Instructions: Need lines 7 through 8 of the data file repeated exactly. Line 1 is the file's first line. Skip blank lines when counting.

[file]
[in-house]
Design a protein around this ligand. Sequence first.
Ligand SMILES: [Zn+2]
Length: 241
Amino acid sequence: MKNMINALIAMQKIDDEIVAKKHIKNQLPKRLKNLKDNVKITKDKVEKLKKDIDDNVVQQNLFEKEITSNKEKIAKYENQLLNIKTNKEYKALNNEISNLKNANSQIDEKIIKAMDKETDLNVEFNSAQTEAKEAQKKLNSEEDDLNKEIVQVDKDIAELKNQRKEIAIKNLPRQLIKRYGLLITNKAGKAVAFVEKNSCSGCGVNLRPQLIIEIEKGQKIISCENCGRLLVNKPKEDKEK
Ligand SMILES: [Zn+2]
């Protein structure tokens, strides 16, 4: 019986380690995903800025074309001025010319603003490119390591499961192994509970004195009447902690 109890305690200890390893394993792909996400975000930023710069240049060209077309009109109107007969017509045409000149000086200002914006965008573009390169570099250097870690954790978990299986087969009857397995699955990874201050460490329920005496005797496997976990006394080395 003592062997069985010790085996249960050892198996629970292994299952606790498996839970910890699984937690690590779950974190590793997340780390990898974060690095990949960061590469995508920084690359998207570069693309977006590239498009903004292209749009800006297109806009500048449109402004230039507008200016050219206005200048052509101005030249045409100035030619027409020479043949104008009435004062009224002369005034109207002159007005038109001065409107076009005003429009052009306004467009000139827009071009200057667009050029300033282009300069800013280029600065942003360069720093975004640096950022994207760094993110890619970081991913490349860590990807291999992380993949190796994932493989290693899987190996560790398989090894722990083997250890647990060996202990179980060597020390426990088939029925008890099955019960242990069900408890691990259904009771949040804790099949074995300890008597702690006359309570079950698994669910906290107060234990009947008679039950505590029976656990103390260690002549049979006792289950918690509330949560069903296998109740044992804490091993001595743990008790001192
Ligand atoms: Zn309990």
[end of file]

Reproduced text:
């Protein structure tokens, strides 16, 4: 019986380690995903800025074309001025010319603003490119390591499961192994509970004195009447902690 109890305690200890390893394993792909996400975000930023710069240049060209077309009109109107007969017509045409000149000086200002914006965008573009390169570099250097870690954790978990299986087969009857397995699955990874201050460490329920005496005797496997976990006394080395 003592062997069985010790085996249960050892198996629970292994299952606790498996839970910890699984937690690590779950974190590793997340780390990898974060690095990949960061590469995508920084690359998207570069693309977006590239498009903004292209749009800006297109806009500048449109402004230039507008200016050219206005200048052509101005030249045409100035030619027409020479043949104008009435004062009224002369005034109207002159007005038109001065409107076009005003429009052009306004467009000139827009071009200057667009050029300033282009300069800013280029600065942003360069720093975004640096950022994207760094993110890619970081991913490349860590990807291999992380993949190796994932493989290693899987190996560790398989090894722990083997250890647990060996202990179980060597020390426990088939029925008890099955019960242990069900408890691990259904009771949040804790099949074995300890008597702690006359309570079950698994669910906290107060234990009947008679039950505590029976656990103390260690002549049979006792289950918690509330949560069903296998109740044992804490091993001595743990008790001192
Ligand atoms: Zn309990």